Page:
openSUSE on Lenovo

Initial Issue

Recently I came into the possession of a Lenovo T series laptop. Everything seemed as expected: great screen (1920x1200!), lots of RAM and a smoking fast i7 processor. I installed openSUSE and got busy importing my “dotfiles” and installing my reguarly used tools & applications. The surprise came when a coworker insisted he had issues connecting to an external monitor via the mini displayport. As soon as I plugged it in I lost my display. As it turns out this is the same behavior my coworker experienced.

Fast Forward to the Fix

Simply because this has worked in the past: I switched to Gnome3. The video issue went away. It seems my completely unscientific approach has led to a short solution. It must be how KDE5 is treating the outside monitor. Due to this being used for work, I don’t want to spend time fixing KDE5, I want to spend time working, and Gnome in all of its awkward glory is solving that problem. I can connect to external devices for both work and presentations, and my problem appears to be related to KDE5, not specifically a hardware failure.

Small Gnome Annoyances & Their Solutions

Installing Gnome

When I initially installed openSUSE 42.1 I had selected the KDE desktop during installation. This wasn’t my first rodeo, so I made sure I installed the complete GNOME desktop. I installed GNOME through the following command in openSUSE 42.1, relying on the pattern mechanism zypper provides. This is similar to Fedora/CentOS/RHEL’s yum group approach.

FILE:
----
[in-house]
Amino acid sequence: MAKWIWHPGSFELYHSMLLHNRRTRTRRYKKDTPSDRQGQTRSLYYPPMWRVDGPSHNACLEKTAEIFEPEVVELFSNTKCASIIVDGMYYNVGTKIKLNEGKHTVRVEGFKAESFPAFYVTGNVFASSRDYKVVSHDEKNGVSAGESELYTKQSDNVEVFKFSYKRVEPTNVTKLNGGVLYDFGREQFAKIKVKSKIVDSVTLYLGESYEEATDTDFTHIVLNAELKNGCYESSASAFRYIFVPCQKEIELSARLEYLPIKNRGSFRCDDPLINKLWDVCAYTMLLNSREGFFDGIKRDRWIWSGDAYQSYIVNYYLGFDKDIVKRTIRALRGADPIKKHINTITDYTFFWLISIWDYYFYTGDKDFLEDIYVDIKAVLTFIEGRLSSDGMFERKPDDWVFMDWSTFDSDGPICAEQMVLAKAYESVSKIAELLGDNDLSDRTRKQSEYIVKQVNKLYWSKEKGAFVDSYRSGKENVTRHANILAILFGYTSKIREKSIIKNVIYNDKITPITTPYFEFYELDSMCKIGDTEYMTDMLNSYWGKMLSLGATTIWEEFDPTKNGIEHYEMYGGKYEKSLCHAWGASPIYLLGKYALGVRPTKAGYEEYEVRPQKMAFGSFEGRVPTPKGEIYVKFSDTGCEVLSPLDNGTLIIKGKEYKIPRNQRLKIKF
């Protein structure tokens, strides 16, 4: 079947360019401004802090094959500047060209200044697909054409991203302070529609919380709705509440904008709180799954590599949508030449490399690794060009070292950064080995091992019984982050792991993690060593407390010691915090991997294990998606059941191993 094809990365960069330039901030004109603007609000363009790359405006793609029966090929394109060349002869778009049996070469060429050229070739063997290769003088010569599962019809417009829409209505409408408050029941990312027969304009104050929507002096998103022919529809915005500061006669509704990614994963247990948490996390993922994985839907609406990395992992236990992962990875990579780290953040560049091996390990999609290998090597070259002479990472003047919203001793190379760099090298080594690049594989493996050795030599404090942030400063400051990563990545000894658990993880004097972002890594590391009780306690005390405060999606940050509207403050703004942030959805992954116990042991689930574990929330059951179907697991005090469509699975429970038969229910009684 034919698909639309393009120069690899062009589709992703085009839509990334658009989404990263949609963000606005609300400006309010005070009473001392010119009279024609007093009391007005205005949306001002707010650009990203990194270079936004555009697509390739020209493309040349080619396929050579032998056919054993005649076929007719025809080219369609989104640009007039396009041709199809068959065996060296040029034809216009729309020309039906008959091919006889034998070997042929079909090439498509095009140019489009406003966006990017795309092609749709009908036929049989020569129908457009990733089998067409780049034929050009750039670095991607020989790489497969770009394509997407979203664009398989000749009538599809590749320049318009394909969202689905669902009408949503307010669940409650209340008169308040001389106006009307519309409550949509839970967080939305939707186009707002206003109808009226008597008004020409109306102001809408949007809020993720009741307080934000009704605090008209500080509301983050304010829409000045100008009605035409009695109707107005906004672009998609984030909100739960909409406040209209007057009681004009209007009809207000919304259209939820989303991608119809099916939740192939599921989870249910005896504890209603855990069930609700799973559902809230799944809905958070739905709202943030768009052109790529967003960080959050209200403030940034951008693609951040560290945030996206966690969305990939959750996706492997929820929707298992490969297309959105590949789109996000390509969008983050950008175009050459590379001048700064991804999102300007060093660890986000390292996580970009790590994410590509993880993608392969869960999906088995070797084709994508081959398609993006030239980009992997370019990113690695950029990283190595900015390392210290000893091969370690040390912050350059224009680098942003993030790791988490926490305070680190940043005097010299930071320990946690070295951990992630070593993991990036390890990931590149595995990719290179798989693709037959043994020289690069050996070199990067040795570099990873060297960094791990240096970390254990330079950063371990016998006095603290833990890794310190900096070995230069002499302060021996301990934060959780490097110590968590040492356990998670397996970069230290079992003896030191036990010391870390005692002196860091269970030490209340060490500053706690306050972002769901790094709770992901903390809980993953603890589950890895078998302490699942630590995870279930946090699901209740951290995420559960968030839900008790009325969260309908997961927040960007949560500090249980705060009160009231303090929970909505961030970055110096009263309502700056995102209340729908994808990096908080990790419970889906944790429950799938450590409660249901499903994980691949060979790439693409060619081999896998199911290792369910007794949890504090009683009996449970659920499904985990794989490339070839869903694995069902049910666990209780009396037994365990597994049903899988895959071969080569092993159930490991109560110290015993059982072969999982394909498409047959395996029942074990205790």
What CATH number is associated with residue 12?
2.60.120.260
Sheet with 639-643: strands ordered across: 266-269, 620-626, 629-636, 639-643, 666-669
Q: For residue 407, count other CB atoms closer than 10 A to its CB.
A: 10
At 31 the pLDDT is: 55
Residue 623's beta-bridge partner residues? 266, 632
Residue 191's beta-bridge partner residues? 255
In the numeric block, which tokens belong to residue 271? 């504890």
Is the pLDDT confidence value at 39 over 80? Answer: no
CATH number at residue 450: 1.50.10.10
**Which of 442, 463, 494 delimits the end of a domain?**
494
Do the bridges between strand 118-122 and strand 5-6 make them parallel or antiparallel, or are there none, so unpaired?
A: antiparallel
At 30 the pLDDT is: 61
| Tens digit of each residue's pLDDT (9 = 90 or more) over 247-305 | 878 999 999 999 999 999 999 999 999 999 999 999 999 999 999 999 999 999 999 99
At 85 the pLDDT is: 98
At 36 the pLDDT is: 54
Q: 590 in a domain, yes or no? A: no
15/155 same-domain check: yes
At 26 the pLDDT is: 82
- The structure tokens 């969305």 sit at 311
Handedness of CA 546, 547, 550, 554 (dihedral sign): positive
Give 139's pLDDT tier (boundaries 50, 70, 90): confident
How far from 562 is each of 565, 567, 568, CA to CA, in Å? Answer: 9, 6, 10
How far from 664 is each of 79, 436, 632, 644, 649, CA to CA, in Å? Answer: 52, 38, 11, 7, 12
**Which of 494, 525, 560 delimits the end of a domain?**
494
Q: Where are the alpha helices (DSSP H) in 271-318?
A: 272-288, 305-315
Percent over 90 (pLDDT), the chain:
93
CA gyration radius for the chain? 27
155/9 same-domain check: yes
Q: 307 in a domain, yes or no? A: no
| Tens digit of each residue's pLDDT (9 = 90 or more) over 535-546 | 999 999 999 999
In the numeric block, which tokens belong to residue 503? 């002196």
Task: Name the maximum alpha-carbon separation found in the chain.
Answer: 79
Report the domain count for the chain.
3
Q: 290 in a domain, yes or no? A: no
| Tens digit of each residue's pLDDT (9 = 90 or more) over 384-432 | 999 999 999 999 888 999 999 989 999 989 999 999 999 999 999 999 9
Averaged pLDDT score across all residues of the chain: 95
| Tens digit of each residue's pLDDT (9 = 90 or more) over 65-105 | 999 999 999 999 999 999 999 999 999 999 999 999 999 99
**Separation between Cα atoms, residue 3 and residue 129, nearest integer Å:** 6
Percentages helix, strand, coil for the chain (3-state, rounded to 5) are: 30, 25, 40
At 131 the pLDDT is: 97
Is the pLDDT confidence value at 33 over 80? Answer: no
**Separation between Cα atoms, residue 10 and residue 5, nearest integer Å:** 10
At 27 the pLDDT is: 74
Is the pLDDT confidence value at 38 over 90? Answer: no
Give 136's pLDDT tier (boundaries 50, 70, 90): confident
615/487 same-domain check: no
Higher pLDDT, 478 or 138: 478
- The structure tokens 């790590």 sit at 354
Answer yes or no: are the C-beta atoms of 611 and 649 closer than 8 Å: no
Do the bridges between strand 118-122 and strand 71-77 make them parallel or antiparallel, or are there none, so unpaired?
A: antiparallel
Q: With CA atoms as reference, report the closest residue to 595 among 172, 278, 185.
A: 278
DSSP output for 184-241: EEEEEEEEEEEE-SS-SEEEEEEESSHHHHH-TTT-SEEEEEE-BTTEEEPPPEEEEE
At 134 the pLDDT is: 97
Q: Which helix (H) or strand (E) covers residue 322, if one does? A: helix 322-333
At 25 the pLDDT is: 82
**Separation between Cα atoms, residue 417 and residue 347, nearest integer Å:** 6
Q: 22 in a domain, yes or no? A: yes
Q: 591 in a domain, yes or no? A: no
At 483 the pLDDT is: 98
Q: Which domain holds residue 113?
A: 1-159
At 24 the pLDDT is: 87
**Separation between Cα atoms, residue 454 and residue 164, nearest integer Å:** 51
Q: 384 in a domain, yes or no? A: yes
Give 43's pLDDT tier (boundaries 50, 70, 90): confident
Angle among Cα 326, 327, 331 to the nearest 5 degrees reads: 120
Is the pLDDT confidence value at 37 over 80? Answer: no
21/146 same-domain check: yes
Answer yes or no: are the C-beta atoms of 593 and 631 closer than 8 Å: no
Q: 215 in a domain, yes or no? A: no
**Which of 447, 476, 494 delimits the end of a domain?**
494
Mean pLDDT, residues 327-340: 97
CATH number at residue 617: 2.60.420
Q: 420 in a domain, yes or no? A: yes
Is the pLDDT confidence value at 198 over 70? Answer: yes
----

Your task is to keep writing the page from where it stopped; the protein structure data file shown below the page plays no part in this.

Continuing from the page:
zypper install -t pattern gnome

This went ahead and installed everything I needed for the Gnome desktop. Once I had everying installed I went and attempted to acclimate myself to GNOME. I sorted my “favorites” on the launcher bar, and then I noticed I couldn’t do something pretty simple: lock my screen. After some experimentation I noticed I was expected to find the lock by meta + L, or a lock icon on my right corner menu, near the restart/shutdown menu.

I knew I hadn’t changed the default login/display manager. Currently it was still running the SDDM (Simple Desktop Display Manager). I went ahead and configured that through the /etc/systemconfig subsystem. You can use YAST (I am not a fan of YAST), or manually edit the entry. If you’re new to Linux you can use YAST but don’t rely on it. It’s just an additional layer openSUSE provides. I changed it to gdm, the GNOME default.

Once I saved my changes, logged out, and logged back in I saw the expected lock icon in my menu. I was also able to lock my screen with the meta + L


  • If KDE5 is screwed up, just switch back to GNOME
  • Horray quiet dependencies for basic functions.


SRE, former Release Engineer, Pythonista, Gopher, Rube Goldberg Machine Untangler, Amateur Photographer. My thick skulled opinions are my own.